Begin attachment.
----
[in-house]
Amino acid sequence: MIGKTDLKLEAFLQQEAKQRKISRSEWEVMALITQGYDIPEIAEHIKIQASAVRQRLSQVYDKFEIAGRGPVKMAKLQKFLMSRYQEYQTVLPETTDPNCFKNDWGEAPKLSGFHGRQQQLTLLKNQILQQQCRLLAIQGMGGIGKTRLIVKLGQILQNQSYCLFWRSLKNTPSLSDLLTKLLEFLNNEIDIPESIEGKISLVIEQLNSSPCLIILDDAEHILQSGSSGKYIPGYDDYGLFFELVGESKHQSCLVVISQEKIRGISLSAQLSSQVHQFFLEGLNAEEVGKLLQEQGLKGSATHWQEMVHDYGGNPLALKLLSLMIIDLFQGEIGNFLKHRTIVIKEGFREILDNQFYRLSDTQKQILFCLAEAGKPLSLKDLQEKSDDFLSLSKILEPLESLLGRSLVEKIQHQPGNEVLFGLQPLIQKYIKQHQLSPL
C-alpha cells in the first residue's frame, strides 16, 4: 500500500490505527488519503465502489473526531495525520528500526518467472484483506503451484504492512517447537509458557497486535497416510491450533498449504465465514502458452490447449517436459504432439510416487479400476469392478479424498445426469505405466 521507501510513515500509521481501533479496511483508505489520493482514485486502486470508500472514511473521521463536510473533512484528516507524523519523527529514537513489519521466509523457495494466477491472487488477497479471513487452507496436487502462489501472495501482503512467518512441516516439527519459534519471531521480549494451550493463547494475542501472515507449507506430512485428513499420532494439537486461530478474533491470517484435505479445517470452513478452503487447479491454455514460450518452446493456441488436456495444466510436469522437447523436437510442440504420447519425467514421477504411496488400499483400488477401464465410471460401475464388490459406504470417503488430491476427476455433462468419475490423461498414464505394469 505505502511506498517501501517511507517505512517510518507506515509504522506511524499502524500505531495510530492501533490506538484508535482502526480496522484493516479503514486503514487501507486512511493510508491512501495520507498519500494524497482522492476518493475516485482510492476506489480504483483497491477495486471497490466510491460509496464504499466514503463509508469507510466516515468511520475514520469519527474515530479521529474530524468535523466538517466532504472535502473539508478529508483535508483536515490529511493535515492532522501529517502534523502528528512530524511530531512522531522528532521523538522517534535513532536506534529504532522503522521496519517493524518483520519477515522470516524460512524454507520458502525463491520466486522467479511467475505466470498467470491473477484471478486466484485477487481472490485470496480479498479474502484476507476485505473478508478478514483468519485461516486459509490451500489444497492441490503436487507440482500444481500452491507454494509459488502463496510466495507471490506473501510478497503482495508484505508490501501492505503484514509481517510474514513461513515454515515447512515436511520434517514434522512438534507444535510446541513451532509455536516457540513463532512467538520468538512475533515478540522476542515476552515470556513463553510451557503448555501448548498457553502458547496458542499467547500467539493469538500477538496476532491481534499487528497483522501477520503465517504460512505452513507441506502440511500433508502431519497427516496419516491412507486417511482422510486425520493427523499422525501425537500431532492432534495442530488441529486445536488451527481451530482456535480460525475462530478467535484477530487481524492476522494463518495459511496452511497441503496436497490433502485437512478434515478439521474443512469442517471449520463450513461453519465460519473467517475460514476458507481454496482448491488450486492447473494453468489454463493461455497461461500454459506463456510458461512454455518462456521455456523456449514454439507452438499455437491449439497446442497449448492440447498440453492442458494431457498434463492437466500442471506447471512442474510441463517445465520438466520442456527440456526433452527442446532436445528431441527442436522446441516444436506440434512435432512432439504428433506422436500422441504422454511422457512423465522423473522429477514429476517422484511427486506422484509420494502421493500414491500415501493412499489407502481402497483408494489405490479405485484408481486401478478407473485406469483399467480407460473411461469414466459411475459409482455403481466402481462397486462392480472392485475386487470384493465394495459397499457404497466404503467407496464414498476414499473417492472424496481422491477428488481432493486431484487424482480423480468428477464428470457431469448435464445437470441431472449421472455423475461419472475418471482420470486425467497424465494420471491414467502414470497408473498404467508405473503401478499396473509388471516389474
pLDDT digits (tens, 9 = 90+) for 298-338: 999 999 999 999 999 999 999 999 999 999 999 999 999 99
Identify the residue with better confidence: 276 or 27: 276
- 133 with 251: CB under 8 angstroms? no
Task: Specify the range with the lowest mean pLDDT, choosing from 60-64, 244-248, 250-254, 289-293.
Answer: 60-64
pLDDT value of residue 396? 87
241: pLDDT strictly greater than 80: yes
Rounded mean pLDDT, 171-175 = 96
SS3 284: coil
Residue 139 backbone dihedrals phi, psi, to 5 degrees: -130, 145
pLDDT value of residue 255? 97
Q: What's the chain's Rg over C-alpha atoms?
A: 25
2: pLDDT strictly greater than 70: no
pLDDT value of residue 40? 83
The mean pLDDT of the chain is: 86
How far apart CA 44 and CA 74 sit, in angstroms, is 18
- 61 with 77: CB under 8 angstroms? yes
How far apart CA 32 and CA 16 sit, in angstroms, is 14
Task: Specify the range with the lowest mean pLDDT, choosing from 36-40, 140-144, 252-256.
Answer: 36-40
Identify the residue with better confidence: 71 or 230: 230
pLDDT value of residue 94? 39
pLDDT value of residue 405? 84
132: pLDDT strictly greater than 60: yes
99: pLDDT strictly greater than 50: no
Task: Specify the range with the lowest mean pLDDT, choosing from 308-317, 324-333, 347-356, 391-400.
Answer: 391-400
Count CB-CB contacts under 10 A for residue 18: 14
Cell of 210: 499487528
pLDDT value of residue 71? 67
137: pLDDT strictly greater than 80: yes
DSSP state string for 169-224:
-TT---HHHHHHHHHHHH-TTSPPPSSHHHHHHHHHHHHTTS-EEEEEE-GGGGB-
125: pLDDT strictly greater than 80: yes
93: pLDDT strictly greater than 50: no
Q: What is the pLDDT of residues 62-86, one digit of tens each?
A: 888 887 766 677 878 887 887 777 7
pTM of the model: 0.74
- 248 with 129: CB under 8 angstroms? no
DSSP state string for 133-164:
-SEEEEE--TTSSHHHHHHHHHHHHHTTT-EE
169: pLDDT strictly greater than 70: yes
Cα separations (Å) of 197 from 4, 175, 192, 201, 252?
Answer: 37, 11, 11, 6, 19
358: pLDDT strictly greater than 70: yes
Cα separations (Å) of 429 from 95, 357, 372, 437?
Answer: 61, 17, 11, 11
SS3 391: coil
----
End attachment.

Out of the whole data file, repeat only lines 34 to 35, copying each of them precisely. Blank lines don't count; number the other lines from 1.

pLDDT value of residue 71? 67
137: pLDDT strictly greater than 80: yes